From this, the programme moved on to perhaps the most intellectually stimulating of sessions, as two academics presented the findings of their respective cutting-edge research programmes around keywords advertising. This was no ordinary keywords session, which have become the mainstay of trademark conferences in recent years. Here were leading thinkers revealing valuable third-party research into the economic impact of search engines’ use of terms such as ‘sponsored link’ versus ‘ads’ (Ben Edelman from Harvard Business School) and what consumers think of sponsored links, such as whether they understand the business models at play (David Franklyn from the McCarthy Institute at the University of San Francisco). Both professors will be publishing their research with further detail soon, work that will no doubt drive the debate around trademarks and keywords forward.
For his luncheon keynote address, Microsoft’s IP chief took delegates back to China. Horacio Gutierrez, corporate vice president and deputy general counsel for intellectual property and licensing at Microsoft, delivered some astounding facts that illustrate the scale of China’s economic and IP landscape. Admirably, Gutierrez did not shy away from foreign trademark owners’ key concerns in China. While he praised the great enforcement efforts by the authorities, he also noted that, “in 2009, the number of trademark enforcement cases handled by China’s State Administration for Industry and Commerce (SAIC) declined by 9.87%, and total fines dropped by about Rmb800,000 (about $122,000). The SAIC data also shows that, while Shanghai and other cities remain active in protecting foreigners’ rights, in some parts of rural China there appears to be no administrative enforcement on behalf of foreigners. We urge China to reverse these trends.”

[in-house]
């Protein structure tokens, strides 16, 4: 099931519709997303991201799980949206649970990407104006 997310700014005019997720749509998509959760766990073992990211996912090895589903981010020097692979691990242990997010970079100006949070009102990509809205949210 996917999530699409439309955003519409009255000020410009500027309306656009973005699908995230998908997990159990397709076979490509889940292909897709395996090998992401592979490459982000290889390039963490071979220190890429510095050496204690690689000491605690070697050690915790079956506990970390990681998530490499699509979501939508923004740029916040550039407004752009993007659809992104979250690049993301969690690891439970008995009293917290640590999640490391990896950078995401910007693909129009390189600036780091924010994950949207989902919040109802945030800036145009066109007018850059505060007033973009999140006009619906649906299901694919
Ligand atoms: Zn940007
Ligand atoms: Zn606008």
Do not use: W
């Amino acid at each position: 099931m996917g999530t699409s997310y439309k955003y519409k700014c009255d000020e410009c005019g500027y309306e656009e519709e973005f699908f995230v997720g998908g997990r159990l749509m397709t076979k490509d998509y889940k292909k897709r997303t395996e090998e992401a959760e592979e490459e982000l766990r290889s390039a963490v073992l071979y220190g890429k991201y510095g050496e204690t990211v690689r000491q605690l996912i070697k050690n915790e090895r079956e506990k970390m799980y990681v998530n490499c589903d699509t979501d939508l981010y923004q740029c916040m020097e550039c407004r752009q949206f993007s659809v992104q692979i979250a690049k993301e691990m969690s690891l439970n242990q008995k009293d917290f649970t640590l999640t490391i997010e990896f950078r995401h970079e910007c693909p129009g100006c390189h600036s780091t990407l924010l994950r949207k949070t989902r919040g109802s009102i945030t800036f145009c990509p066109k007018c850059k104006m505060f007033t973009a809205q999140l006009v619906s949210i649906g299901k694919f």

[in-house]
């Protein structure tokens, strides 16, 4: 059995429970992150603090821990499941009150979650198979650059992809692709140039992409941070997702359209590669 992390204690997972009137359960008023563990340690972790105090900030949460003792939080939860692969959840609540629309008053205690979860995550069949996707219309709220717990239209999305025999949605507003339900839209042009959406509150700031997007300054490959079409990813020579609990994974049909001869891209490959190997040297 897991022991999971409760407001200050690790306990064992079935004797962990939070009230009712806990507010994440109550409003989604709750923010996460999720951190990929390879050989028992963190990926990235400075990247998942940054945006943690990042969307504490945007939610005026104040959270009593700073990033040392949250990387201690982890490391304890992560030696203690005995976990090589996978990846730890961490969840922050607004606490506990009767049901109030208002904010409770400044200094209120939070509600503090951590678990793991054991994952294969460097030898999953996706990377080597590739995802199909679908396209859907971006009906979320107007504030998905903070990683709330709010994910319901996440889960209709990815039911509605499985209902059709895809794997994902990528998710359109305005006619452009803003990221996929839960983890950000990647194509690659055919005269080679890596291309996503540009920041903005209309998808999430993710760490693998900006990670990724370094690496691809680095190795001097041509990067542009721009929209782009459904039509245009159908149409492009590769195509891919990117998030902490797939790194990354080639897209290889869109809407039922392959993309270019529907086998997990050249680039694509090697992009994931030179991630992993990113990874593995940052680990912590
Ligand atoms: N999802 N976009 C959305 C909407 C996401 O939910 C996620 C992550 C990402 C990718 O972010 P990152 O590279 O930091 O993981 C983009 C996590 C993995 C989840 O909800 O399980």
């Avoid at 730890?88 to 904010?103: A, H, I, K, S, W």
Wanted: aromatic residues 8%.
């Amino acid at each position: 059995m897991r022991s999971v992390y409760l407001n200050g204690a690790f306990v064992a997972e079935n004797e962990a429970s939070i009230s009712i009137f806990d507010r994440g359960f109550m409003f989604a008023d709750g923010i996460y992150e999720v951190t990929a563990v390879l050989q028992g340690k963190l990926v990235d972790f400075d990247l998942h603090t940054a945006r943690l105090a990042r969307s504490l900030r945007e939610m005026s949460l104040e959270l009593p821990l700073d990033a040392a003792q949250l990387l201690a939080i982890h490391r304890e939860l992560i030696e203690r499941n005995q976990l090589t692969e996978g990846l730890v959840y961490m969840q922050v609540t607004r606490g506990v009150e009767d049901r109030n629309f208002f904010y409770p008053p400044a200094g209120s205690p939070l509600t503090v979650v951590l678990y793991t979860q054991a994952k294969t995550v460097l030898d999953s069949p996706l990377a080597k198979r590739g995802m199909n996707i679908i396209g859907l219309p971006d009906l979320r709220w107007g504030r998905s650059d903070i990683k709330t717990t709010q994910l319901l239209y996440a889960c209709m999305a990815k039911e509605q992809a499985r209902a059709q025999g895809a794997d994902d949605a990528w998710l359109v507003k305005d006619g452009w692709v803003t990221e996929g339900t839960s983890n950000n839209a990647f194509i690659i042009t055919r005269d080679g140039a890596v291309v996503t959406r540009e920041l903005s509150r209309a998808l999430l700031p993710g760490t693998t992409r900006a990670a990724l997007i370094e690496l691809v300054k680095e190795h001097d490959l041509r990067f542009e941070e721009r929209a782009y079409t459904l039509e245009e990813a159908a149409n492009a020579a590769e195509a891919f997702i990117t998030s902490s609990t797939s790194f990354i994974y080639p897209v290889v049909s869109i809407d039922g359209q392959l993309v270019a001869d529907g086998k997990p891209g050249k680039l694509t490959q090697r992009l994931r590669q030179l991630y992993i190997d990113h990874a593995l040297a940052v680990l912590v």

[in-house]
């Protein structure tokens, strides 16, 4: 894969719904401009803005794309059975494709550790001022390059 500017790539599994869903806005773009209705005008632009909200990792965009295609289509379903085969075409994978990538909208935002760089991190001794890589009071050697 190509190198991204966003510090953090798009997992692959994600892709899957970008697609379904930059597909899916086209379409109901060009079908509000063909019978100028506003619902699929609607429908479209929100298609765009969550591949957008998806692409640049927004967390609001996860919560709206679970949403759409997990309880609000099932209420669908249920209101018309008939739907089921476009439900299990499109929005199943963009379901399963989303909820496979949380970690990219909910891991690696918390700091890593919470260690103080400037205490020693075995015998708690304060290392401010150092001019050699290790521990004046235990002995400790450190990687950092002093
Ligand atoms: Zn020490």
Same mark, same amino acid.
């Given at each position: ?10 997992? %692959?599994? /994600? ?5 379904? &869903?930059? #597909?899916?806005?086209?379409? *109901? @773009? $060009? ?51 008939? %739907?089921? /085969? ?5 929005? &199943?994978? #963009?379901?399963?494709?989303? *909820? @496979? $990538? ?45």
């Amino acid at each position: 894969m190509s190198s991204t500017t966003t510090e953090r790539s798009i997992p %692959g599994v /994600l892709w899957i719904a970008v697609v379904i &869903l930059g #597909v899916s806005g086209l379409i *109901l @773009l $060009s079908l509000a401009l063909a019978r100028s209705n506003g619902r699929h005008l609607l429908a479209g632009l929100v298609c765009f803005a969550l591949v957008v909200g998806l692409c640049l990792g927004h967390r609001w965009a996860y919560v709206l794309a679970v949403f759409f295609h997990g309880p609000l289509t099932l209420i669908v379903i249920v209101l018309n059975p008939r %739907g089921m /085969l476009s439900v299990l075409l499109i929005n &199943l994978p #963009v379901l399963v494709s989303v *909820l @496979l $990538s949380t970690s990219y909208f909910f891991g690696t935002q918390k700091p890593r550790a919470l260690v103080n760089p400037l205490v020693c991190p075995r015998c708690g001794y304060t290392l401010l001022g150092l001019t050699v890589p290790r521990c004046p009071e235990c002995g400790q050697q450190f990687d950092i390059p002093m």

From this gentle nudge, the programme moved onto a topic about which it is difficult for trademark owners to be diplomatic: new gTLDs. In a somewhat brave appearance, the chair of ICANN’s board, Peter Dengate Thrush, stood up to explain the new gTLD programme and to describe the hitherto long and tortuous road in the policy development.